The crepe myrtle bush, an easy-to-care for and hardy shrub popular in landscaping, was imported to the United States from Southeast Asia and is best suited to growing in United States zones seven through nine. These ornamental bushes come in a great variety of pinks, reds and oranges and are thus very popular with many American gardeners. When cared for properly, crepe myrtles will thrive in your yard for years; in fact, in some locales they are known as an invasive species.
Your crepe myrtle needs to be planted in full sun; if you plant it in the shade, it may survive but never bloom or bloom but not display the bright colors it is capable of in sunny spots. You need to find a spot with well-drained soil to plant your crepe myrtle, because the bush won't tolerate wet conditions. This shrub likes well-aerated, nutrient-rich soils and grows best when roots are planted near the soil surface.
Crepe myrtle can handle drought but will grow faster and more vigorously if you keep it well watered; this is especially true for the first year you have the plant, before the roots are established. You can also fertilize your crepe myrtle with an all-purpose, general fertilizer in the early spring if you want to stimulate growth. Fertilizer isn't absolutely necessary for your plant's survival, though.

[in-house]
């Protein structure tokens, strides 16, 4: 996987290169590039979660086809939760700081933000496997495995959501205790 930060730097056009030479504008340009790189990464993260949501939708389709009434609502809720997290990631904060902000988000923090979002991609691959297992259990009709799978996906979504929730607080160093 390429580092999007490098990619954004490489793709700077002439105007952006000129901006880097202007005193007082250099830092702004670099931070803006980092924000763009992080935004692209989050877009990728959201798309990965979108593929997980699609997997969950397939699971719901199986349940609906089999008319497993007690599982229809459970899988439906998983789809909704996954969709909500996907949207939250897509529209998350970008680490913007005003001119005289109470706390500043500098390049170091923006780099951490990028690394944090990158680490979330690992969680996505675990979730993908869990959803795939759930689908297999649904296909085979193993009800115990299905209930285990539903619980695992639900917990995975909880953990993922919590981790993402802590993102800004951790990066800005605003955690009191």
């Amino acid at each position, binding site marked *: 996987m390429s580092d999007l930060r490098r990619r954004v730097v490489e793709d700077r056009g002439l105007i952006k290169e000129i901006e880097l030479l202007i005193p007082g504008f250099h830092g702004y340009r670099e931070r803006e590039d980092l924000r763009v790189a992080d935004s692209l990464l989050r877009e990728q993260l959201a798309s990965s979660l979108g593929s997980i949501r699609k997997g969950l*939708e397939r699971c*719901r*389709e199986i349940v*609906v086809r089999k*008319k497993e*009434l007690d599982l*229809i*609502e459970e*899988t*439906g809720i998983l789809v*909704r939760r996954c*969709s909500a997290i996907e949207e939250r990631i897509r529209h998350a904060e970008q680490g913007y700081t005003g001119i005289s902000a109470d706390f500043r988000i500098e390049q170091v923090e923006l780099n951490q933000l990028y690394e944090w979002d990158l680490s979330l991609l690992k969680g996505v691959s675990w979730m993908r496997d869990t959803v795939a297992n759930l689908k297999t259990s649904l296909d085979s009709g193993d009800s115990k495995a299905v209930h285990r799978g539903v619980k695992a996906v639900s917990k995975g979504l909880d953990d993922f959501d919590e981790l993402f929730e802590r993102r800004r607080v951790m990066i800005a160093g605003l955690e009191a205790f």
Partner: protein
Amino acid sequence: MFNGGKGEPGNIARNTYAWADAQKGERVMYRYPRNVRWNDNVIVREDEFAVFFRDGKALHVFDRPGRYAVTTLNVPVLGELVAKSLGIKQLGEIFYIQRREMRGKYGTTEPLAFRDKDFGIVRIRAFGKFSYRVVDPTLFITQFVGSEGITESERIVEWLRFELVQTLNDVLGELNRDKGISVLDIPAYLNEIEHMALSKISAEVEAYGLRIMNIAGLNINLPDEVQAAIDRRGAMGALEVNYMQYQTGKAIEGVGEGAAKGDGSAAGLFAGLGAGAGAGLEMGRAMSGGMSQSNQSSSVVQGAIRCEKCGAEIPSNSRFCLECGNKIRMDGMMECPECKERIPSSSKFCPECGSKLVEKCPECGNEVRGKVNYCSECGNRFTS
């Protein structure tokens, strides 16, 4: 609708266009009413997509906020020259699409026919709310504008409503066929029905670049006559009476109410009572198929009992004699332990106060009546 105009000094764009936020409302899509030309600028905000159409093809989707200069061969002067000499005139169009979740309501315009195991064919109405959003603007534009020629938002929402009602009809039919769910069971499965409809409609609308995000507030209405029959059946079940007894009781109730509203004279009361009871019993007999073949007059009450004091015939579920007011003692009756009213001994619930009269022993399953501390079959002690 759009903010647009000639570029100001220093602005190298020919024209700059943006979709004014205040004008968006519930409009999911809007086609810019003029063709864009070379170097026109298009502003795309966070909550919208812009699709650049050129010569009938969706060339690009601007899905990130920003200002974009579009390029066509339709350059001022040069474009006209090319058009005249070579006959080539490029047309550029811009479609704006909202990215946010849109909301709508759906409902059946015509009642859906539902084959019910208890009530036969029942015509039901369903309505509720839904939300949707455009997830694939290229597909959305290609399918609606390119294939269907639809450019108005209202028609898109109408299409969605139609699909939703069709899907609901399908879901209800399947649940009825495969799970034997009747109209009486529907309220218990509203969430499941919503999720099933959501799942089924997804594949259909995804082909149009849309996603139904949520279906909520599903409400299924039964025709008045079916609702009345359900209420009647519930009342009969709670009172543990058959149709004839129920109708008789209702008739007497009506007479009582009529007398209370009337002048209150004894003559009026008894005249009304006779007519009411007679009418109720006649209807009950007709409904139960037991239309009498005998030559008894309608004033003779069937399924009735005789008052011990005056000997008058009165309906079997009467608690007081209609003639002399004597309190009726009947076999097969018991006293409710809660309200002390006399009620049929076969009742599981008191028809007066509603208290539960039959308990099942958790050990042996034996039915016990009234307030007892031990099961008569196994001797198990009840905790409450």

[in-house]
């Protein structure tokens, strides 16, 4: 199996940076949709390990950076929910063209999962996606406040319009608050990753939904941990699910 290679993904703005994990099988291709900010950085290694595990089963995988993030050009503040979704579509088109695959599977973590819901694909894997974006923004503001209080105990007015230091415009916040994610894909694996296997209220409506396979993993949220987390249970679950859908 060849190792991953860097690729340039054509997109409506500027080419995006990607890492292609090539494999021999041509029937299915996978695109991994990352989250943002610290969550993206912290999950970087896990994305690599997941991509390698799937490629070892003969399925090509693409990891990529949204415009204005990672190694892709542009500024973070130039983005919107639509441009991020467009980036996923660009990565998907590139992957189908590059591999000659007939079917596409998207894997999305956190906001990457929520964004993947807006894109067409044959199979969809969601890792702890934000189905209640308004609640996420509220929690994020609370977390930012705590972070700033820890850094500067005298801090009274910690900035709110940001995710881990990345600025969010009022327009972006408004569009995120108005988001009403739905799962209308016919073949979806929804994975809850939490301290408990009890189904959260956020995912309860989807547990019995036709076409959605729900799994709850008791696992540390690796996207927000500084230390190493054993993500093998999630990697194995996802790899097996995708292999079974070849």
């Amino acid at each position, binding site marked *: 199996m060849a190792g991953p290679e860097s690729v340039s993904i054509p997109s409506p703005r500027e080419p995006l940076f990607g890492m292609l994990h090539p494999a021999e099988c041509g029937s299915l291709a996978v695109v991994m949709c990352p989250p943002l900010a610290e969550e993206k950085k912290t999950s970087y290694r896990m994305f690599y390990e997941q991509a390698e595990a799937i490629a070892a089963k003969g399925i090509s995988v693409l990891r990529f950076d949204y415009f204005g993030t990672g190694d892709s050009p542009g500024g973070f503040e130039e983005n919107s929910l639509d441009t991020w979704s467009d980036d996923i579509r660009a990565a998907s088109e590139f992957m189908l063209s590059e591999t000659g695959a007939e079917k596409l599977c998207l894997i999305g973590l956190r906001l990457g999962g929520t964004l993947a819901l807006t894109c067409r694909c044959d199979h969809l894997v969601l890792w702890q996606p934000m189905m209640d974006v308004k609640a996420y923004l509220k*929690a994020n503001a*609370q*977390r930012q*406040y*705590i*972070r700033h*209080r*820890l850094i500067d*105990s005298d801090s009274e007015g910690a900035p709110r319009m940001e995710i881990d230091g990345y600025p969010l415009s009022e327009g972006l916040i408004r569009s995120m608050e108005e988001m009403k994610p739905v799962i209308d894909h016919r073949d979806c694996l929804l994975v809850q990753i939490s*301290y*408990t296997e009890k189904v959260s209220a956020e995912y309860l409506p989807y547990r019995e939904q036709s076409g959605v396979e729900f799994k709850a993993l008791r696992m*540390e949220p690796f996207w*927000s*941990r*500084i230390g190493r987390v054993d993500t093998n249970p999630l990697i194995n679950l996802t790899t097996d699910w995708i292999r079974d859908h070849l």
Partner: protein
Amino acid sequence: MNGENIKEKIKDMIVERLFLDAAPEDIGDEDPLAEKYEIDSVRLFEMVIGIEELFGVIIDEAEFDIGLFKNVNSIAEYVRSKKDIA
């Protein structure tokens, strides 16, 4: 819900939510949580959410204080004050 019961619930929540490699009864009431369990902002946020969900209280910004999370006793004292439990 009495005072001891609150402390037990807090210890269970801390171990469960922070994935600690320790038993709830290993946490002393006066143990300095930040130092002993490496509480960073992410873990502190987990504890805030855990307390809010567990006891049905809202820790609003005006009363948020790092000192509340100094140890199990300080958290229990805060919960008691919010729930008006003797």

Depending upon where you plant your crepe myrtle, it might require pruning. You can prune your shrub if you have a shape or size that you want to maintain, but this should always be done after the leaves have fallen in the autumn. Never prune any branch that is thicker than three inches in diameter, because hard pruning will result in excessive leafy growth and reduced or delayed flowering (plus, the weight of the flowers could cause skinny branches to droop). If you remove old flower clusters, you'll promote new flowering.